U.K. Manufacturing Growth Ebbs as New Orders, Output Slow
(Bloomberg) -- U.K. manufacturing growth slowed more than expected last month, casting doubt on the strength of the economy as Bank of England policy makers hold their crunch meeting.
IHS Markit’s Purchasing Managers Index for the industry fell to a three-month low of 54 in July, from 54.3 in June, the firm said in a report Wednesday. The reading was below economists’ estimates for a figure of 54.2.
Markit said output growth slowed to a 16-month low, with production of intermediate goods falling for the first time in two years. A weaker expansion of new work from domestic sources offset a stronger increase in export orders, while positive sentiment among manufacturers slid to a 21-month low, amid concerns over Brexit uncertainty and the exchange rate.
“U.K. manufacturing started the third quarter on a softer footing,” said Rob Dobson, director at IHS Markit. “Manufacturing has failed to provide any meaningful boost to headline GDP growth through the year-so-far,” while the data on new orders and business optimism suggest the “industry is unlikely to exit this soft patch in the near future,” he said.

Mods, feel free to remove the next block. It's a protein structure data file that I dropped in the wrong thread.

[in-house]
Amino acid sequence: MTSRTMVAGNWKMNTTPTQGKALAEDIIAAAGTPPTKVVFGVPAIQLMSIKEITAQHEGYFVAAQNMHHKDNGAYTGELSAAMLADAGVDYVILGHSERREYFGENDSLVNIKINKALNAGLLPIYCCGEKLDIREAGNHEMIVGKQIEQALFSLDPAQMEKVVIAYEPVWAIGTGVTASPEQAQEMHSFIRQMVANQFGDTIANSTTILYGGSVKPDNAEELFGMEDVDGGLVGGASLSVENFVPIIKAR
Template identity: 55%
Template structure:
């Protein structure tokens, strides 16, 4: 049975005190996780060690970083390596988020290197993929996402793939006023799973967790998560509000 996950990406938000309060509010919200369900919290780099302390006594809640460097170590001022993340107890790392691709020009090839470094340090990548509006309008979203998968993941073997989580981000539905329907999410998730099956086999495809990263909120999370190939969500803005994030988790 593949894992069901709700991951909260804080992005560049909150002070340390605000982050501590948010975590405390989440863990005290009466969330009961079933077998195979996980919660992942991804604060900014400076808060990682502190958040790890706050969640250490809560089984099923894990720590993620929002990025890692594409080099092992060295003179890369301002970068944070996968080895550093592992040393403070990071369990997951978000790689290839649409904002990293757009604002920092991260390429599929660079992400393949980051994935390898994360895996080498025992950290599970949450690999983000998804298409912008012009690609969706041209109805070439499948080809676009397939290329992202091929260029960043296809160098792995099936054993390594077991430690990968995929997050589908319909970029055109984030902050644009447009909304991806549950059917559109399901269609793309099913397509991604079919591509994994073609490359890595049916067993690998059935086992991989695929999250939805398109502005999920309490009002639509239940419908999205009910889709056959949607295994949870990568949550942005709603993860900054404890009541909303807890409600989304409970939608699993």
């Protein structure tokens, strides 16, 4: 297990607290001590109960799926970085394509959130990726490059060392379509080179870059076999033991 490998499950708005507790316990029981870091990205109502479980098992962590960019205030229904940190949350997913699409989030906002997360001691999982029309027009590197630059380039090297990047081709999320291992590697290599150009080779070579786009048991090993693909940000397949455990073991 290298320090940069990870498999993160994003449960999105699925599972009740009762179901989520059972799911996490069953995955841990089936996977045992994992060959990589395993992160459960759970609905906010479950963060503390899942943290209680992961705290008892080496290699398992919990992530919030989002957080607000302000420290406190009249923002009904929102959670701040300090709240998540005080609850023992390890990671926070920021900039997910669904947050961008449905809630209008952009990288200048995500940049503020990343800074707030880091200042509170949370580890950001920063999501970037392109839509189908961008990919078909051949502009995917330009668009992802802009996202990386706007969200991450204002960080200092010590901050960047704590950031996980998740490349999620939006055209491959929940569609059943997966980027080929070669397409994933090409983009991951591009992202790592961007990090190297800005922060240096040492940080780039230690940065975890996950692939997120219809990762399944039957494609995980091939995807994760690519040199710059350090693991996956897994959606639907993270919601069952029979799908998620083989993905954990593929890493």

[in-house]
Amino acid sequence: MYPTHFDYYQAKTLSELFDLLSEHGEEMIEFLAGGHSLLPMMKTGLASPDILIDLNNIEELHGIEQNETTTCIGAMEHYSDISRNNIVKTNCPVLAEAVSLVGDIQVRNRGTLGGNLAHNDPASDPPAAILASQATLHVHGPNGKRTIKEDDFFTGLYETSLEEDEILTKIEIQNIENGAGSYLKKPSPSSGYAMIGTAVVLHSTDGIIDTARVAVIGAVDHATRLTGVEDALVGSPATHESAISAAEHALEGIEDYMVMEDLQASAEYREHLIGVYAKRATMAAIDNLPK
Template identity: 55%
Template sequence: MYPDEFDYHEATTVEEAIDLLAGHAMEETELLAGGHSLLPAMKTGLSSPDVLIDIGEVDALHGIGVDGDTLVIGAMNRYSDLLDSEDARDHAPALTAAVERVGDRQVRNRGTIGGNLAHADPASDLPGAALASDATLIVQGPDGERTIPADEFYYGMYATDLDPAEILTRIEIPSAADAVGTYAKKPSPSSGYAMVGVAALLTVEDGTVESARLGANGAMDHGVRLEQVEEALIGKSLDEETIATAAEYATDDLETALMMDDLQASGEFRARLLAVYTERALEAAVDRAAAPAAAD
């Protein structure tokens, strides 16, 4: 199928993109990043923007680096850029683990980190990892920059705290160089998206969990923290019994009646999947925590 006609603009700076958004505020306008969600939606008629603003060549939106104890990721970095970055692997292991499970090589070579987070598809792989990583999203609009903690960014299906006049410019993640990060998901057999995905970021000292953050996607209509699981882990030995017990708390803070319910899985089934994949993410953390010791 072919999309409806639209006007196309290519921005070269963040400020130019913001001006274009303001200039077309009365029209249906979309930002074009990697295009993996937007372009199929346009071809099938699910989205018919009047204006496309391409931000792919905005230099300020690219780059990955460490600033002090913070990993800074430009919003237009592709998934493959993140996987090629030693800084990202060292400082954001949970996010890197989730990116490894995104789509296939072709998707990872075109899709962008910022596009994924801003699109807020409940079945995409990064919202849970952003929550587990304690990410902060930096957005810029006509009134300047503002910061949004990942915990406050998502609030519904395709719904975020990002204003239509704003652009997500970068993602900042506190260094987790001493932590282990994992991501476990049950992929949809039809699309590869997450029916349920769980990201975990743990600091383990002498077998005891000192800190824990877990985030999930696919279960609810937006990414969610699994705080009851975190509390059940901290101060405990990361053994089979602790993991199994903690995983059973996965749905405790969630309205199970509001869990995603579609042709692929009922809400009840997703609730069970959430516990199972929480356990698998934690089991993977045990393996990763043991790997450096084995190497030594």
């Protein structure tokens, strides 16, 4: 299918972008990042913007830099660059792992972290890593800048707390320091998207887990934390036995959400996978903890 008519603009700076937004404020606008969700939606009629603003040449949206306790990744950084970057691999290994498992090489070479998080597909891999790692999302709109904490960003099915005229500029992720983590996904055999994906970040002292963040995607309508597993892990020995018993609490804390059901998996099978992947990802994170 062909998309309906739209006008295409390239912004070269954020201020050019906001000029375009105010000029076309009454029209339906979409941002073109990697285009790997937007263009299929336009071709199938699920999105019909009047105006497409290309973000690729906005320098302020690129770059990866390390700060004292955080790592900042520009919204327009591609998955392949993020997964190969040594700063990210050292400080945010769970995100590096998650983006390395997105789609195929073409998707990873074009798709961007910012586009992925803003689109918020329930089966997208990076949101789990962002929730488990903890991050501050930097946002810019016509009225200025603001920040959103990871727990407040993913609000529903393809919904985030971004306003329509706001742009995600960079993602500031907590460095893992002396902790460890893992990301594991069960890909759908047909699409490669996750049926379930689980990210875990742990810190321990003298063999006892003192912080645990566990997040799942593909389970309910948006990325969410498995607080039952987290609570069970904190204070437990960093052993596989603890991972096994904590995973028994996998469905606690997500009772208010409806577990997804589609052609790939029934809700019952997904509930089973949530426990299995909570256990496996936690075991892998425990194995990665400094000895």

The report comes in the week of the BOE’s August meeting, at which investors currently see a more-than 90 percent chance of an interest-rate hike. Markit’s report on the U.K.’s dominant service sector, forecast to show a slight slowdown in growth, isn’t due to be released until Friday morning, a day after BOE officials announce their decision.
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